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#1268884 - 09/15/09 05:31 PM Ear First?
jazzyclassical Offline
Full Member

Registered: 09/26/07
Posts: 154
Loc: California
Haven't been on this forum in a while. Hello everyone! First off, let me say what I love about teaching is that you are always learning.

About me: I've was traditionally taught. Yet always followed my ear.
Up until about several months ago I have primarily been a traditional style teacher. Using standard method books such as Piano Adventures and Piano Town.

Lately I've been experimenting with ear-first approaches with great success. I have been interested in Suzuki, Simply Music and Music Moves for piano.

Has anyone had experience with the ear first approach?
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Casio PX-350

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#1268971 - 09/15/09 08:03 PM Re: Ear First? [Re: jazzyclassical]
Morodiene Offline
Yikes! 10000 Post Club Member

Registered: 04/06/07
Posts: 15148
Loc: Boynton Beach, FL
I looked at Simply Music once, but it seemed a very expensive endeavor, and I wasn't so sure about the results. Certainly, you get people playing pieces faster, sooner, but there is actual value in reading music that cannot be replaced by skipping it, or putting it off. I know some very good Suzuki teachers who are sensitive to this and teach reading alongside the Suzuki programs. Those students have greater success than Suzuki students who don't read for quite a while and then when they are ready to read, have to take a big step back in the difficulty of pieces they are playing. However, I don't notice a general better success rate than any traditional approach.

Perhaps the best thing is to do your own, as you seem to have been doing.
private piano/voice teacher FT

#1268987 - 09/15/09 08:52 PM Re: Ear First? [Re: Morodiene]
Sparkler Offline
Full Member

Registered: 07/27/09
Posts: 177
I am a strong ear player who has been taught traditionally from day 1. I am glad of this personally, as in my experience, it seems that my ear tried to dominate no matter how strongly my teachers encouraged reading. So basically, my ear was a super bonus/complement to my playing, and has always been.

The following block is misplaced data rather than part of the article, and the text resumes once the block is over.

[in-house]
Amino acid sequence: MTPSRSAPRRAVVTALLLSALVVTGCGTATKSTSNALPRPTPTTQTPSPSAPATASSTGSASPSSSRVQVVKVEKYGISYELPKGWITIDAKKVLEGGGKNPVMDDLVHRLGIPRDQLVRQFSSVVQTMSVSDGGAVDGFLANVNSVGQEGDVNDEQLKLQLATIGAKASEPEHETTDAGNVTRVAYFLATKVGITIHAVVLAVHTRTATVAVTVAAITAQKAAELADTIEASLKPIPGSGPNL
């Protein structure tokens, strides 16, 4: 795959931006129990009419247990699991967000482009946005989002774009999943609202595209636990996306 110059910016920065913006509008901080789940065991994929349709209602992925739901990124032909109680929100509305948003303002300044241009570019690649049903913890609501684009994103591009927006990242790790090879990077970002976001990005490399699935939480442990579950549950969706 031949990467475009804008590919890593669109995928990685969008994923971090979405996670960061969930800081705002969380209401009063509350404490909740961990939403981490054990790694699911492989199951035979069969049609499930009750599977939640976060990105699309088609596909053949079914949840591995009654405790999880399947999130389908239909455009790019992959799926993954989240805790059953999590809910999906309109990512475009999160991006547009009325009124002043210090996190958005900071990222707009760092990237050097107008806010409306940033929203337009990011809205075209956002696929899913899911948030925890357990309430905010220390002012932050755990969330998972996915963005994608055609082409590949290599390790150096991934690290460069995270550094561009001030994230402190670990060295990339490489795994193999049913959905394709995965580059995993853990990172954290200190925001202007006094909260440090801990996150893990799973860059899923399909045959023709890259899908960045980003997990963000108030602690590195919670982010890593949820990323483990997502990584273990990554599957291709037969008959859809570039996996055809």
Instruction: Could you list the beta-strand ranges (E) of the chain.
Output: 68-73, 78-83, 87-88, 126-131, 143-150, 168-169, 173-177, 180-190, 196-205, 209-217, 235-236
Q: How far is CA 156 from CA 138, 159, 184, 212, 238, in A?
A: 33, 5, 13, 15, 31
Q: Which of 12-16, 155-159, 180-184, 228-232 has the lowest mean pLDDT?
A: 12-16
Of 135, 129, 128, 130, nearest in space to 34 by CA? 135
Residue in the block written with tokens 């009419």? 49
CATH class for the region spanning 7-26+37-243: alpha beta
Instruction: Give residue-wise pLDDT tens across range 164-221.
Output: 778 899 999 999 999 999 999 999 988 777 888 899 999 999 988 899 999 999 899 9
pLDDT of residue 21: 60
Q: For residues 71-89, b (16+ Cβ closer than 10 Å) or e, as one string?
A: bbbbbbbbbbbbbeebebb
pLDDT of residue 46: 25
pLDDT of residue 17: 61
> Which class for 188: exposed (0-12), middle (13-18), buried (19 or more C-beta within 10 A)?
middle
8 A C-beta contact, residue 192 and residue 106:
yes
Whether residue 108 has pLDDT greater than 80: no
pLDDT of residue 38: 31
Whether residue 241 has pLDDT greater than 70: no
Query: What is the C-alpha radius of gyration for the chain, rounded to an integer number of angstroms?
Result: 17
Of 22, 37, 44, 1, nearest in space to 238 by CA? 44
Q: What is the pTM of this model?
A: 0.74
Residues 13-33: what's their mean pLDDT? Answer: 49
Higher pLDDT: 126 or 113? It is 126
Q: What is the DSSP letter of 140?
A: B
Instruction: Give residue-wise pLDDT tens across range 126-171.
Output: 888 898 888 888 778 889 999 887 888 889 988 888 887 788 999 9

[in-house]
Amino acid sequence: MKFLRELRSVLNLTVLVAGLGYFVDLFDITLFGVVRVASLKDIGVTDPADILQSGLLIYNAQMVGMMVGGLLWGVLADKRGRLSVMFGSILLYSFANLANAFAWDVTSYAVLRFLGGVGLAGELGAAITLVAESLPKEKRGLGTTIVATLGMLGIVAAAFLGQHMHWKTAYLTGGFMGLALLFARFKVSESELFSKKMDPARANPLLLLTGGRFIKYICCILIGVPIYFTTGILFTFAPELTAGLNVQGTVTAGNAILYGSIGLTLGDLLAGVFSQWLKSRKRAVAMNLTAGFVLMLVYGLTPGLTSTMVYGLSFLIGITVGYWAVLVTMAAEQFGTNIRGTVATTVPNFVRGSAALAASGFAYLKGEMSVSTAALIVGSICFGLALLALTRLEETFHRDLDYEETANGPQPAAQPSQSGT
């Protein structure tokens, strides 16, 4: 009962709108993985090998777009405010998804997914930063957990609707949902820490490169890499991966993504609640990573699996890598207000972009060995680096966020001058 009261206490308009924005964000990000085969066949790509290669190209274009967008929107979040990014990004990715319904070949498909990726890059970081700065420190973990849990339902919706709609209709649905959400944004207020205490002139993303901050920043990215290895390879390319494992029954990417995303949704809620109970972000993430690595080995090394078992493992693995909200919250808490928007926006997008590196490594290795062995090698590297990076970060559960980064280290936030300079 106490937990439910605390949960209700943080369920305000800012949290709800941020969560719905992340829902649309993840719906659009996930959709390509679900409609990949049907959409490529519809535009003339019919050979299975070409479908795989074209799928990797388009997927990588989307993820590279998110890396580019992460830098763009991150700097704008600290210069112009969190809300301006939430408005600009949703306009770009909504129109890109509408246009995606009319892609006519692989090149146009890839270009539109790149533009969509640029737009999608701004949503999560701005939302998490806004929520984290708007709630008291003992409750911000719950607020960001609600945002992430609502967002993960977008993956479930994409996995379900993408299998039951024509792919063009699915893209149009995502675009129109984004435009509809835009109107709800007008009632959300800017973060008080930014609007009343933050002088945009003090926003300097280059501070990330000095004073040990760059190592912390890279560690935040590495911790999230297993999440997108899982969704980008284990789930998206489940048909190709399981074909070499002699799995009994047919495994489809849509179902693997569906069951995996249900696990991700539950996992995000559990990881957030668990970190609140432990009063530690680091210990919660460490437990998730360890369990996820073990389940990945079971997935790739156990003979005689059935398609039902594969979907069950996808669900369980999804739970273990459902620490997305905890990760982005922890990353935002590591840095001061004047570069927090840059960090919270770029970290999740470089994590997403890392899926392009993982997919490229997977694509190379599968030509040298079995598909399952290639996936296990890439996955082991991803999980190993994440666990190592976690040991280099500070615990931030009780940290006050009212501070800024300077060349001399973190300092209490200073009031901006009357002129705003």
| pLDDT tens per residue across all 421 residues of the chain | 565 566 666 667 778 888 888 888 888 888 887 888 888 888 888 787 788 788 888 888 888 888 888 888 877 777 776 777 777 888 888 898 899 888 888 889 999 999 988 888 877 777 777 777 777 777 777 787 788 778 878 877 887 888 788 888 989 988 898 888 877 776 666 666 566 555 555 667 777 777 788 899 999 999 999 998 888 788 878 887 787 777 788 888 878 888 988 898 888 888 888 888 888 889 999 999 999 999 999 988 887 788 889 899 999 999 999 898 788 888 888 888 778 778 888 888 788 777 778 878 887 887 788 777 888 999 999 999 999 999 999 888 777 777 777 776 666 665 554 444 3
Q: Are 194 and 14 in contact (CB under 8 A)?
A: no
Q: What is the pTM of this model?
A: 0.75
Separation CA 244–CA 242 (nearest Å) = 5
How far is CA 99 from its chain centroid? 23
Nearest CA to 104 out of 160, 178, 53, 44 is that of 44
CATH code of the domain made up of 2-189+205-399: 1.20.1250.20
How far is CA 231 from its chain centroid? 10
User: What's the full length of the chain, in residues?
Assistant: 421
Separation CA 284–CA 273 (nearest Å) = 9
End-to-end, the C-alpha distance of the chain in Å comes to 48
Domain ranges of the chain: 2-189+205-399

Thanks to traditional teaching, I can now play either way - by ear or by reading - with equal ease. I really like this versatility and use both skills pretty equally.

I would not trade that... I'm afraid that if I hadn't been taught traditionally, reading wouldn't come as easily to me.

I think people with sharp ears just tend to develop their ears fairly naturally, with a little encouragement. I don't think reading should be left aside.

Edited by Sparkler (09/15/09 08:54 PM)
Piano Teacher
and best of all...

#1269207 - 09/16/09 10:11 AM Re: Ear First? [Re: Sparkler]
Morodiene Offline
Yikes! 10000 Post Club Member

Registered: 04/06/07
Posts: 15148
Loc: Boynton Beach, FL
Excellent point, Sparkler. I, too, had more "ear than eye" in my playing, and was taught traditionally. No doubt, I would have flourished in an ear-only approach or ear-dominated approach, but because I was taught to read music, that actually helped me with reading words too, which wasn't my strong suit as a child. Not only that, it helped me to be more well-rounded as a student.

When I have students who are like me, I can relate to the difficulties of reading, but I encourage it and work with them on it so that they can be independent and learn by reading if they ever had to. How many times have I picked up a piece of music I've never heard before and something about it seems interesting and I wonder what it sounds like? I want my students to be able to figure this out on their own just like I can.

And then there are those students who have no ear at all. They play by sight or feel, and don't seem to notice wrong notes or that they aren't playing with proper dynamics or articulations. It's all a mechanical approach. Those student do need to focus on ear training and listening as they play.

Of course, you do not do one and neglect the other. A student who is strong in something can always be stronger, and so it is good to cultivate and encourage their strengths as well as work on improving their weaknesses. It's all a balance. I think that is why I was hesitant about these other approaches, because they seemed to be skewed one way...throwing out the baby with the bathwater.
private piano/voice teacher FT